Our goal is to create a log message every time some REST method gets called. Since we might wanna add this functionality to future REST methods too, we want to generalize this task in an Aspect:

``````@Before("@annotation(com.example.aop.LogMethodName)")
public void logMethodName(JoinPoint joinPoint) {
String method = joinPoint.getSignature().getName();
String params = Arrays.toString(joinPoint.getArgs());
System.out.println("Method [" + method + "] gets called with parameters " + params);
}
``````

The first line defines the Pointcut expression, and the subsequent method represents the Advice. Let’s break the two down one by one:

Pointcut:
The Pointcut expression defines the places where our Advice is inserted to. In our case, the Aspect is applied before every method with a `@LogMehtodName` annotation. Note that `@LogMethodName` is our custom annotation which we use as Pointcut marker.

The advice method is the piece of logic that generalizes a task common to many different objects. In our case, the Advice finds the originating method’s name as well as its calling parameters and logs them to the console.

With our Aspect in place, there are three additional code lines required to get everything working:

• First, add the marker `@LogMethodName` to our `fibonacci()` method
• Second, we have to add `@Aspect` to the class containing our Aspect
• Third, enable Spring’s Aspect scanning with `@EnableAspectJAutoProxy` in any `@Configuration` class

That’s it, we’ve implemented our own Advice!🙌 Let’s run a test! We fire a REST request to the web service to compute the 40th Fibonacci number and have a look at the console output:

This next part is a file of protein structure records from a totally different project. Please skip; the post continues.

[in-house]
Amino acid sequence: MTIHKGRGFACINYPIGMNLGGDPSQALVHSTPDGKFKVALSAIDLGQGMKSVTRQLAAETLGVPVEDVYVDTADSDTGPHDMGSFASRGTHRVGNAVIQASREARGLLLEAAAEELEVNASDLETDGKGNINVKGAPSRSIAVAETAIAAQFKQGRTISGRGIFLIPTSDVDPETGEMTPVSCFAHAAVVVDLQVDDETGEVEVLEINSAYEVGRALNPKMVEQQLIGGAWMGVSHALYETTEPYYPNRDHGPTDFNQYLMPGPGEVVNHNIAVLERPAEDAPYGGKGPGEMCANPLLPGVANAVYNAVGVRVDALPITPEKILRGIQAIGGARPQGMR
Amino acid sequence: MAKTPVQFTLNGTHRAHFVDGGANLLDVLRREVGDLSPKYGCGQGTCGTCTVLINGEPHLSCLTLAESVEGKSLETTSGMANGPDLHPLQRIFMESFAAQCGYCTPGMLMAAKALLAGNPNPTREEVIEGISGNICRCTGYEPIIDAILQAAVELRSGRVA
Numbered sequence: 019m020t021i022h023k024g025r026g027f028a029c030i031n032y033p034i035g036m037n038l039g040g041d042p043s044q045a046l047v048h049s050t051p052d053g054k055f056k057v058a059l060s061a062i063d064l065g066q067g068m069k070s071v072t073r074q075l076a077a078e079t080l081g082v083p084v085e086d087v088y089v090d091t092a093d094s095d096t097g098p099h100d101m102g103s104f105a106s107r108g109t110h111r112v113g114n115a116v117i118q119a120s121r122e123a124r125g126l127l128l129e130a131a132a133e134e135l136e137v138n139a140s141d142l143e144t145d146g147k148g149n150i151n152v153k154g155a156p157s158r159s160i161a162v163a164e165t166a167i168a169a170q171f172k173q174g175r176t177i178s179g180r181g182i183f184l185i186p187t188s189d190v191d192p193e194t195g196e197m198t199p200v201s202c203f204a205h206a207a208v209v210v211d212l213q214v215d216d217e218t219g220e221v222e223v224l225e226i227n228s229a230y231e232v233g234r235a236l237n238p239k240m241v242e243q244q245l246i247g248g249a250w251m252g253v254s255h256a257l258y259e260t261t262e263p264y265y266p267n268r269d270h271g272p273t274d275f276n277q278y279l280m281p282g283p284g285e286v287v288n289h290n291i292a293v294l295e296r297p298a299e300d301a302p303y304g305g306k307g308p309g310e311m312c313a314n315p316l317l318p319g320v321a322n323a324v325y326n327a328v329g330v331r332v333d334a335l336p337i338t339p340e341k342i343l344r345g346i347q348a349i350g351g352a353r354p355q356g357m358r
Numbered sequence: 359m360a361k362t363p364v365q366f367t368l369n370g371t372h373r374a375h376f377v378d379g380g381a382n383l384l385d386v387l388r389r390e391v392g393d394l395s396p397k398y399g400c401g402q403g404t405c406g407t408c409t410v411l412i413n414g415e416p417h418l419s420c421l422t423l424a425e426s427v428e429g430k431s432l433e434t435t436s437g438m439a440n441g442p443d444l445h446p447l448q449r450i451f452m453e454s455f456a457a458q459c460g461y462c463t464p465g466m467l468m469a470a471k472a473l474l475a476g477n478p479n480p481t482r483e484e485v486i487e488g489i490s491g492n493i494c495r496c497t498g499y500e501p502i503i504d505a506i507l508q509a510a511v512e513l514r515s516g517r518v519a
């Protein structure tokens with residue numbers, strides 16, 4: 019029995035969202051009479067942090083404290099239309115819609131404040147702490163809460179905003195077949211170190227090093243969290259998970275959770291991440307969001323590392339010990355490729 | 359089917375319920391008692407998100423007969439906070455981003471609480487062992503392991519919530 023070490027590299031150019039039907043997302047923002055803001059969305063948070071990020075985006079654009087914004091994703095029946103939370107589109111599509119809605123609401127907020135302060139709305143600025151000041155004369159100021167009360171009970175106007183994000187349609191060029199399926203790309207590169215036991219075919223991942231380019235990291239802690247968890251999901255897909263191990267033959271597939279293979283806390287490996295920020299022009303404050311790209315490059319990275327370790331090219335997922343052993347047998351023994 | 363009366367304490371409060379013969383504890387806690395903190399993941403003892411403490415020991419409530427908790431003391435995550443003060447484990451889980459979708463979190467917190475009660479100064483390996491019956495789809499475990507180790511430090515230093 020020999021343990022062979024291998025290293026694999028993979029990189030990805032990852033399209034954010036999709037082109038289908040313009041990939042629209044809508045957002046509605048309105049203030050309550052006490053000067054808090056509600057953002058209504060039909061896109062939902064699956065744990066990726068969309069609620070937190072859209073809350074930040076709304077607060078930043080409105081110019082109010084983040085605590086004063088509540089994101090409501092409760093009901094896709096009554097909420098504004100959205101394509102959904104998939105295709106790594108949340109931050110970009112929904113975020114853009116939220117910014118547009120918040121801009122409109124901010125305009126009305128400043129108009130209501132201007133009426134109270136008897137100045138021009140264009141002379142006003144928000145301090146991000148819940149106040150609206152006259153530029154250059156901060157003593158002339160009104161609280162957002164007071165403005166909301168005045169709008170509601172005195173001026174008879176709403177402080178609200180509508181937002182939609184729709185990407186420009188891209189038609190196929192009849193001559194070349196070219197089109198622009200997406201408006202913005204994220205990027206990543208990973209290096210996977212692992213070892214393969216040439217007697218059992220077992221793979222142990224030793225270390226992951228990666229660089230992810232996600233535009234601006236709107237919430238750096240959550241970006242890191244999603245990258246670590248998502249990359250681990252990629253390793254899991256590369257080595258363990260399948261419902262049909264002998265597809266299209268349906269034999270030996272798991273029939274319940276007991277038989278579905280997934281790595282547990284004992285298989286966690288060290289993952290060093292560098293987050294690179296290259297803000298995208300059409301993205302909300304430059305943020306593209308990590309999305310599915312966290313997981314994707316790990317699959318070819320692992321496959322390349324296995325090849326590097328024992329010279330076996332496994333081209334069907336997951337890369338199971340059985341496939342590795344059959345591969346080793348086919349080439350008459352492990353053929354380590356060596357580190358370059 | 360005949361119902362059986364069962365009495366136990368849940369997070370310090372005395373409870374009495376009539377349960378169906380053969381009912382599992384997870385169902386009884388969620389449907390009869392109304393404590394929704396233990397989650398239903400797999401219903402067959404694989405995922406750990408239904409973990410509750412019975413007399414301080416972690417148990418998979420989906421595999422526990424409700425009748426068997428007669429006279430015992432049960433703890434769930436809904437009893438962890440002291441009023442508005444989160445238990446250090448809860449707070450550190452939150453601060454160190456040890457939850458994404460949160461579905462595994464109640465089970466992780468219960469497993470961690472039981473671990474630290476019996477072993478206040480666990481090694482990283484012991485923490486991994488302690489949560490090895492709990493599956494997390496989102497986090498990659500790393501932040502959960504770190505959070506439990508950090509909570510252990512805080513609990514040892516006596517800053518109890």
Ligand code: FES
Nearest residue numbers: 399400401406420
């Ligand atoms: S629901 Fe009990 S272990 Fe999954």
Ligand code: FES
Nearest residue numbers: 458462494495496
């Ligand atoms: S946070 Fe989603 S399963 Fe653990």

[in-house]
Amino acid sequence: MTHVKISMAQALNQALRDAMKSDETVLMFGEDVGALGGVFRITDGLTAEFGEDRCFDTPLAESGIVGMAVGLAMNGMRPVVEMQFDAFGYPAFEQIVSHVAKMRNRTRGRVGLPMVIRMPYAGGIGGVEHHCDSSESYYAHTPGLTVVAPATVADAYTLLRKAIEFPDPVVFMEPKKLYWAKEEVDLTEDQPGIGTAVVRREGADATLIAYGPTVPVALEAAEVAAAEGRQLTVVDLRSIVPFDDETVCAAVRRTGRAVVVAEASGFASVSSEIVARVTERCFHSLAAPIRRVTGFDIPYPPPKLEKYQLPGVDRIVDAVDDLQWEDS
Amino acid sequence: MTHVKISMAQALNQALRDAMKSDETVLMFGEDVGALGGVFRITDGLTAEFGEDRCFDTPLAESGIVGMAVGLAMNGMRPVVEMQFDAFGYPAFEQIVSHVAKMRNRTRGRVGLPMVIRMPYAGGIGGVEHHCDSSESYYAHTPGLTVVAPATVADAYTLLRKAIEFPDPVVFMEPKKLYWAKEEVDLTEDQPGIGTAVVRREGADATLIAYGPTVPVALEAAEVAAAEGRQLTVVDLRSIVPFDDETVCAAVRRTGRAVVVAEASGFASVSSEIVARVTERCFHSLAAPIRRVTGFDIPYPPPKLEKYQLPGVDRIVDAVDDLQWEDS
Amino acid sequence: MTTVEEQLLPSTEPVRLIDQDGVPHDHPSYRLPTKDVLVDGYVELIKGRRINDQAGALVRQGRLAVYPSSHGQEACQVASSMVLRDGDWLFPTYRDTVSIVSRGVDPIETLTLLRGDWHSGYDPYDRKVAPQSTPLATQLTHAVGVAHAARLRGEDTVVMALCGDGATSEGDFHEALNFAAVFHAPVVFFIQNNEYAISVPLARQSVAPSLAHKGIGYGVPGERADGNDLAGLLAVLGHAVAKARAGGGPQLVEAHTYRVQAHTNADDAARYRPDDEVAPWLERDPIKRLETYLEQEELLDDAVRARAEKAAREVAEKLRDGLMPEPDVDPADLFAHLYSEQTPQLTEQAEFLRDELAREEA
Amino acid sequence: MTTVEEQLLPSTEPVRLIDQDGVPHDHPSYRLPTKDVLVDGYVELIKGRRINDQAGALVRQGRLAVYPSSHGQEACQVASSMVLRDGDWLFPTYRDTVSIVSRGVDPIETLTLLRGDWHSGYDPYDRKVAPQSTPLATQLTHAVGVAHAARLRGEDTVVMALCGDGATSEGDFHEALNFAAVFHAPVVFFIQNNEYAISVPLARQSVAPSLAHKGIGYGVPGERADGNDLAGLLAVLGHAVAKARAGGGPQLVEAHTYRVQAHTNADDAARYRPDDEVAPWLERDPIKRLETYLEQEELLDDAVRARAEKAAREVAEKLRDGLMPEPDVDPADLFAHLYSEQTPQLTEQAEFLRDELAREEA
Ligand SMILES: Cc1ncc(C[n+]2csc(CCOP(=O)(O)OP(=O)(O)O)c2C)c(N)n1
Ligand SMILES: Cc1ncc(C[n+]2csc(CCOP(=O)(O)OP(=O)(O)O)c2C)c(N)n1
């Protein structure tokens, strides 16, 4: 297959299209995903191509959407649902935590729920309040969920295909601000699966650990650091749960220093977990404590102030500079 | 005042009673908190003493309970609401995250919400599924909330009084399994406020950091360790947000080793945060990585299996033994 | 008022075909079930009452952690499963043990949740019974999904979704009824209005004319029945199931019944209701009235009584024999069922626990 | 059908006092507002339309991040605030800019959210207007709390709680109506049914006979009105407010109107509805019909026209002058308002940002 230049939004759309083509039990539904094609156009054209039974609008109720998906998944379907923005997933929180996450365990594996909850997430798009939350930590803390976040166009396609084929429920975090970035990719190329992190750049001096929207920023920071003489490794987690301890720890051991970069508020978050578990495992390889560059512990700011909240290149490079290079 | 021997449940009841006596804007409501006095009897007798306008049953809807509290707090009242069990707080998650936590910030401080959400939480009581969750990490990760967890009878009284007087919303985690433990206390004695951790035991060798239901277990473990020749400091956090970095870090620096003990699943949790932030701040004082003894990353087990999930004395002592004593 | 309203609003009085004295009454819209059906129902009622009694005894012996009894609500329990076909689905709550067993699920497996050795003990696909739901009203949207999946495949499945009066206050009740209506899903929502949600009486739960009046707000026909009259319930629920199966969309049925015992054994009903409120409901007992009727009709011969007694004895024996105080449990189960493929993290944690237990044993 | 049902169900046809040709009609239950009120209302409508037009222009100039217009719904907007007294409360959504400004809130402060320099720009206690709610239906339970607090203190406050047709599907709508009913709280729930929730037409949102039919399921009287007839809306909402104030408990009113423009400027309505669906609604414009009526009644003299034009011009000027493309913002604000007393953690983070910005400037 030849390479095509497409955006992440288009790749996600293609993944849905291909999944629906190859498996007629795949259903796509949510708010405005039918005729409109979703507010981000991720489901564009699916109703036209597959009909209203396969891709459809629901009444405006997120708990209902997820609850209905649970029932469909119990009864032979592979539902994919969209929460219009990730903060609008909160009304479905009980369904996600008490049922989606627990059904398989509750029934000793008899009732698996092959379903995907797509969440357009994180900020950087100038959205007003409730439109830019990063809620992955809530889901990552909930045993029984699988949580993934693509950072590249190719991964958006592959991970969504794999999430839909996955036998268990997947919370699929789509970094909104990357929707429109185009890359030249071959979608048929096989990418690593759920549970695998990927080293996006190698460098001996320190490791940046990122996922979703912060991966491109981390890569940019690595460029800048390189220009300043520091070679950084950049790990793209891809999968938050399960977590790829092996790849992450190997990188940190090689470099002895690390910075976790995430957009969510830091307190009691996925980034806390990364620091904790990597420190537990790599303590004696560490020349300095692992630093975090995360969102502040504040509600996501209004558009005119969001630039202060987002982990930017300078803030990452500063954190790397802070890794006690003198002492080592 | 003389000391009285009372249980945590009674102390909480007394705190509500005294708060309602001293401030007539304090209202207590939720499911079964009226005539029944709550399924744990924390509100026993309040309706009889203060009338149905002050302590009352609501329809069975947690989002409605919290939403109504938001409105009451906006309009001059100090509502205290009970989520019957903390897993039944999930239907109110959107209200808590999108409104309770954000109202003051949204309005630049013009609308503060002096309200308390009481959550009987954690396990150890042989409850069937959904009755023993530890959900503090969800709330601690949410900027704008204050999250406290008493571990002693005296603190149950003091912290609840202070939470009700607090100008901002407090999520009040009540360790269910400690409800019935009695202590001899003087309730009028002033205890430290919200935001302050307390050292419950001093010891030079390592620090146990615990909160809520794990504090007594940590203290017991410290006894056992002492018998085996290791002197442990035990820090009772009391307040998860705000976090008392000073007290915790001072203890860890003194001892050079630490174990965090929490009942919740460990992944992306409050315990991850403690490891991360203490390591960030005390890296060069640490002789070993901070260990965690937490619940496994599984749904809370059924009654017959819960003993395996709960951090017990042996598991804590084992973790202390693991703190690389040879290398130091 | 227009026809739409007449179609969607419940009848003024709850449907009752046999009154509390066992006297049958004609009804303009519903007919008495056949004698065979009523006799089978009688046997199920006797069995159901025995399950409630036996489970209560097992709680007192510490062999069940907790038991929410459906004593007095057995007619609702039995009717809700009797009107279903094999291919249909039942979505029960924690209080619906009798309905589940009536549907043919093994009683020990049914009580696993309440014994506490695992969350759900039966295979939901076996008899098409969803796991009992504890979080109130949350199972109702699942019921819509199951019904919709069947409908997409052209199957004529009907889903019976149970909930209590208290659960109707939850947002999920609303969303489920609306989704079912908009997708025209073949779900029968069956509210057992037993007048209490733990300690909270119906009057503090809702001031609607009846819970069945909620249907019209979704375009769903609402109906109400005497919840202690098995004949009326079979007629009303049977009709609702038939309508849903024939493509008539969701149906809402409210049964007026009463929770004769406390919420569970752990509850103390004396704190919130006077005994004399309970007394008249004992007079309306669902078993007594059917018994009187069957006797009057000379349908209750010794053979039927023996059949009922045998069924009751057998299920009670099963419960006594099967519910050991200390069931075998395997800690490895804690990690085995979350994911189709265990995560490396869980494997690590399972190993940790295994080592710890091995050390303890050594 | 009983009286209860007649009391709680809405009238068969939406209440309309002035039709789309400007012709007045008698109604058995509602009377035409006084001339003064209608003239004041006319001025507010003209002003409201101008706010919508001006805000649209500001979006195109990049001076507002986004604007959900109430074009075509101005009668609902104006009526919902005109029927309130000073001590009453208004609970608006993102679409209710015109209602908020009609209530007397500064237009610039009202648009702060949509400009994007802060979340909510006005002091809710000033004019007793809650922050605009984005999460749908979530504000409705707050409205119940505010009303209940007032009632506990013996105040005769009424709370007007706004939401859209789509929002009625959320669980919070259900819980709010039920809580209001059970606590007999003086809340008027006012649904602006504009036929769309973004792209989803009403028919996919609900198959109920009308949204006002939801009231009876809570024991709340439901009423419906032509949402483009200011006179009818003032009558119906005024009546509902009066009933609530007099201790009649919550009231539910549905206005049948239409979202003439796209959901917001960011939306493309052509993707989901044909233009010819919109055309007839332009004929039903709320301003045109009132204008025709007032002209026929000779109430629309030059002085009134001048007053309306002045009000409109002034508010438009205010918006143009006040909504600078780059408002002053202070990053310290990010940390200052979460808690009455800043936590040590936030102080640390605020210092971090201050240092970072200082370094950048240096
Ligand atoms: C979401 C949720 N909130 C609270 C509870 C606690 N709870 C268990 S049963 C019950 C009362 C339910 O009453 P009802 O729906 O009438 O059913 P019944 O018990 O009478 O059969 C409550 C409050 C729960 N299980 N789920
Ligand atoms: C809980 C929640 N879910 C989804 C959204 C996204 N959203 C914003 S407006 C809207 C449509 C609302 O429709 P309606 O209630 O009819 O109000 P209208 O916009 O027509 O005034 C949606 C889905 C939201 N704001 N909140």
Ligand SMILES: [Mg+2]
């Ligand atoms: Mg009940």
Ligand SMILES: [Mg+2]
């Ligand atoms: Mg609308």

``````Method [fibonacci] gets called with parameters [40]
``````

It goes without saying that such log messages will be of great help if you ever must track down bugs in your application.

# Performance monitoring with AOP

In the previous example, we used a Pointcut expression of type @Before - here, the Advice runs before the actual method. Let’s switch gears and implement an @Around Pointcut. Such an Advice runs partly before the target method and partly after it.

Our goal now is to monitor the execution time of any REST call. Let’s go ahead and implement the monitoring requirement in a generalized fashion, namely an Aspect:

``````@Around("@annotation(com.example.aop.MonitorTime)")
public Object monitorTime(ProceedingJoinPoint joinPoint) throws Throwable {
long startTime = System.currentTimeMillis();
Object proceed = joinPoint.proceed();
long duration = System.currentTimeMillis() - startTime;
System.out.println("Execution took [" + duration + "ms]");
return proceed;
}
``````

Pointcut:
Like before, we create a new custom annotation `@MonitorTime` for marking our Pointcuts.

An `@Around` Aspect should have an argument of type ProceedingJoinPoint. This type has a `proceed()` method which triggers the execution of the actual target method. So in our Advice, we first query the current time in milliseconds. After the target method is executed, we measure the current time again, and from there we can compute time difference.